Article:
Once again the Hilinski-to-Dowdle connection came through, picking up 26 yards on a pass to the APP 9-yard line, with 12 seconds on the clock. A couple of incomplete passes later and an offensive holding call moved the ball back to the 19-yard line, 2nd down and goal to go, six seconds left. It was one of those do or die moments that happen in football.
Helinski dropped back, looking for his favorite go-to receiver, Edwards. He spotted him and hurled a pass in that direction, but it fluttered again incomplete. There was laundry on the field, another Gamecock player flagged for holding. That penalty was declined this time because it didn’t matter. The game clock showed 0.00. Game over. The Mountaineers had defeated another Power 5 school on the road, this one the SEC contender that had knocked Georgia out of the College Football Playoff picture a couple of weeks earlier with, ironically, a win on the road “between the hedges” in Athens, GA.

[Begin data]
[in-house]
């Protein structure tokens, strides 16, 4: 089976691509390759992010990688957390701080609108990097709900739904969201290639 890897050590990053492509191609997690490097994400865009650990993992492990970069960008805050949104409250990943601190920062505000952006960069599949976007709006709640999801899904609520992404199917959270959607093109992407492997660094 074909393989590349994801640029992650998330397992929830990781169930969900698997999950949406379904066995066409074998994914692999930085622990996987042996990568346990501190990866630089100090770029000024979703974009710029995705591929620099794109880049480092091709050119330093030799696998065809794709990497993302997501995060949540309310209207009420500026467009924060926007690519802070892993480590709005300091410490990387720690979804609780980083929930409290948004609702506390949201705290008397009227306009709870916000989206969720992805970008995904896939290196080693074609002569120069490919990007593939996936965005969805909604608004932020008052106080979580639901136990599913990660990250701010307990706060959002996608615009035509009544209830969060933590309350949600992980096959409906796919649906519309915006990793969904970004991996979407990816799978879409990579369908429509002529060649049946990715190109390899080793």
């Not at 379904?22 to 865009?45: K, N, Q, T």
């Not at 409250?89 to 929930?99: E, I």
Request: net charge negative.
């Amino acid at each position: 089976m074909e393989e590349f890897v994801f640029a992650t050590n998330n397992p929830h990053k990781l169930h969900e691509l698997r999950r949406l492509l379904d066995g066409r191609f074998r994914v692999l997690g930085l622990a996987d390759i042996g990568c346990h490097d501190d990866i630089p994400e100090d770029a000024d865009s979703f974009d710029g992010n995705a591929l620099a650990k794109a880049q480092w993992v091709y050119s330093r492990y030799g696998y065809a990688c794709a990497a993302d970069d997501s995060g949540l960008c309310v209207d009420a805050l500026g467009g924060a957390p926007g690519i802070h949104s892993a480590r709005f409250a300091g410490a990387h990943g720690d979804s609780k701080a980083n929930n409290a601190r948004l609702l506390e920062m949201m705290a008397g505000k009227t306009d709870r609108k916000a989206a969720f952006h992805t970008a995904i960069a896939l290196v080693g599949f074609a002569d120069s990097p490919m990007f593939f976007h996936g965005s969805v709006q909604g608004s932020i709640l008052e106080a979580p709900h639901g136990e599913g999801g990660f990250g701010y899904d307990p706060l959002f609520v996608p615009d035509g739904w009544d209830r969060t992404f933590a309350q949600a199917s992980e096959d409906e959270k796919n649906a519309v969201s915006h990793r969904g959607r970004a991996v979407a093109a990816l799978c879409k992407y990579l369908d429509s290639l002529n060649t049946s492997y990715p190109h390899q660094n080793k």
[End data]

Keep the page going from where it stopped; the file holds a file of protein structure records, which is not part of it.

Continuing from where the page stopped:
Of the final South Carolina offensive possession, Gamecock offensive lineman Donell Stanley, a redshirt senior, reflected afterwards, “The whole game we killed ourselves and we can’t do that. No matter who you are playing, you can’t do that. We thought we were in a good spot and we got a holding call and that put us back. Then we felt (some) desperation with no time outs and less than 10 seconds left. We just have to be better.”
Drinkwitz was relatively subdued in opening his press conference after the game, “Just proud of the focus and effort our guys played with. Proud of the way they battled all game. They never flinched. The poise on the last drive…our defense gave up those two long fourth downs, but were still able to make a play at the end. Proud of our coaching staff. It was a tough draw, especially after last week’s loss, to come on the road to an SEC opponent and nobody flinched. We just went into work and said, ‘We’re going to be 1-0 this week, whatever it takes.’
“We had the expectation coming down here,” Drinkwitz added, “to win. Hats off to our defense. They played lights out. Nick Ross stepped up with a big play (the interception and return) that was the difference in the game. Proud of our guys.”
For App State quarterback Zac Thomas, the win also had a larger impact.